people have a small vocabulary, compared to hearing people in their
environment. As a result, their ability to read and write is often
limited as well. This would not be the case if they could read and
write in their own language: sign language.
In the Sign Printing System project (SignPS), the partners mapped a lot of sign characteristics and did research on what would be the best way to represent signs on paper. The project was aimed at the development of an interactive sign printing system.
From three-dimensional to two-dimensional
Signs as they are used by deaf people are dynamic,
three-dimonsional visual-gestural symbols. Just as words are made up
of letters, signs are made up of smaller units: shapes and movements
of the hands, their exact location and distance to the body, the
look on a face.
The SignPS software had to combine the chosen sign characteristics and represent the signs two-dimensionally on paper.
Prototypes: Sign Editor and Document Editor
Handicom has developed a prototype of the Sign Editor and the Document Editor.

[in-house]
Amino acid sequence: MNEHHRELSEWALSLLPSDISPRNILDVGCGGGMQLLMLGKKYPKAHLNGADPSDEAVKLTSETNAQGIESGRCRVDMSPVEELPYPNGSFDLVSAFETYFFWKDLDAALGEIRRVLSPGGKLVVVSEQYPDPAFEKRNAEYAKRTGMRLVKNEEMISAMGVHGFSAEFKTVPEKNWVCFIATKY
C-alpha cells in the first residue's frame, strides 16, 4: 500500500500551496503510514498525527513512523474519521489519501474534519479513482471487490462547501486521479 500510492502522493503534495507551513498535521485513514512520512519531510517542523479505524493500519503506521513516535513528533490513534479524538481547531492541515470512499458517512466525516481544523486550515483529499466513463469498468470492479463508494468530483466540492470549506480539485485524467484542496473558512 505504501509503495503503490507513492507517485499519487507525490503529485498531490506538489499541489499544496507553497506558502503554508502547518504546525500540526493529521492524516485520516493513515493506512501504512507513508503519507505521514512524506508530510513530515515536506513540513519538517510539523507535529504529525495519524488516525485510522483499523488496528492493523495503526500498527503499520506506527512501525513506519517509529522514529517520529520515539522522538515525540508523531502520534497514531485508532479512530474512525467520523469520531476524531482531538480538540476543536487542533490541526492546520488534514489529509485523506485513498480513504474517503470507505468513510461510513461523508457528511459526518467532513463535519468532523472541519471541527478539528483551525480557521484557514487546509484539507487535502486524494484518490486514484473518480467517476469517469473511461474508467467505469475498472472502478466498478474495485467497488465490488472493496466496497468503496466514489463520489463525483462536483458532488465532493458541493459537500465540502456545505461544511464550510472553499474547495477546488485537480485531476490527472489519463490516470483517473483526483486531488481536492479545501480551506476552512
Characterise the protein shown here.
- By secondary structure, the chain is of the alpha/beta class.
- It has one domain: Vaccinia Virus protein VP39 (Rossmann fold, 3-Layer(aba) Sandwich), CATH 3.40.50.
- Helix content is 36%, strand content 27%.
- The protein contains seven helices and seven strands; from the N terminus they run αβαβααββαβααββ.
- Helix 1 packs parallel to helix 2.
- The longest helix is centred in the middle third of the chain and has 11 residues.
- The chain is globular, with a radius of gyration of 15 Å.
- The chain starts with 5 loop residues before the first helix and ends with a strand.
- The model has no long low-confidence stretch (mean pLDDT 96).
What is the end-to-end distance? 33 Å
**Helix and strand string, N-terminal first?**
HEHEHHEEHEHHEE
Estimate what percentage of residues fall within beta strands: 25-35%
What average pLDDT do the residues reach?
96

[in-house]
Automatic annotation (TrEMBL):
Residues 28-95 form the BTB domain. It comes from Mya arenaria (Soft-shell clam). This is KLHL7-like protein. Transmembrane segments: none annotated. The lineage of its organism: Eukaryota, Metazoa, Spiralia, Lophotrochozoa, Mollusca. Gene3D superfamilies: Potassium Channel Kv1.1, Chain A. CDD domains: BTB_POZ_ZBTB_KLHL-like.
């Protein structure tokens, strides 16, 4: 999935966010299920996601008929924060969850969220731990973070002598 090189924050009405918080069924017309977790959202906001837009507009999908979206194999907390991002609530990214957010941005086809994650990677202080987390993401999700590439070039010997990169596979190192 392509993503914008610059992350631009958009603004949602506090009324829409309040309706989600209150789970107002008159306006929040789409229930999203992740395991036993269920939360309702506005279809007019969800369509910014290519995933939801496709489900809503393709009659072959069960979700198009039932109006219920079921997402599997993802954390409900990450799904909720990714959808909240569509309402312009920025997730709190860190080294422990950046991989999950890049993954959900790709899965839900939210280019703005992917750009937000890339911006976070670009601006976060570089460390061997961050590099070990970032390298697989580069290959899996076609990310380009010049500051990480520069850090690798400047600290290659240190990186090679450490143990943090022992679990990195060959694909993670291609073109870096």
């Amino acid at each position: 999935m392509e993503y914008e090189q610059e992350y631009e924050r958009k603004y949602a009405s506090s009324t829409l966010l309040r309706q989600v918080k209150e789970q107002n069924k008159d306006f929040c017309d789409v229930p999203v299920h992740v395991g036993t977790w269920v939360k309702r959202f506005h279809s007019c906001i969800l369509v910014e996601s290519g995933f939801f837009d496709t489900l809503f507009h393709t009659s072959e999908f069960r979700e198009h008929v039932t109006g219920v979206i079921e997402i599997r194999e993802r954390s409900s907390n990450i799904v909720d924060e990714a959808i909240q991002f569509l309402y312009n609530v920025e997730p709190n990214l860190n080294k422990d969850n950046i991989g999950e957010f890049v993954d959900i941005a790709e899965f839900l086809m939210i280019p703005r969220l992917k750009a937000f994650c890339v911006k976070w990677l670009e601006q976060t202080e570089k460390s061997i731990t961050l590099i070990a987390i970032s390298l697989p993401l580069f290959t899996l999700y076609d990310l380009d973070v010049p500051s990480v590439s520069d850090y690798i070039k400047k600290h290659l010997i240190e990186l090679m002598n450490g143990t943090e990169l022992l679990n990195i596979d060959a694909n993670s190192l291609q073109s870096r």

With the Sign Editor signs can be made and edited. The signs are stored in a sign database.
The Sign Editor screen looks like a factory of little hands, movements and mimicry.
To actually write and print documents in sign language the SignPS Document Editor is used. This text processor doesn't work with letters from the alphabet, but with the signs that are found in the sign database. The program is designed to help the user find the signs that he needs, looking at characteristic hand shapes and/or movements.
This research project has been funded by the European Union as part of the TIDE (Technology Initiative for Disabled and Elderly People) program (1994-1997).
The project partners were:
- MicroCentre, University of Dundee, GB
- Department of Technical Computer Science, RWTH Aken, DL
- IRV, Hoensbroek, NL
- RNR, Amsterdam, NL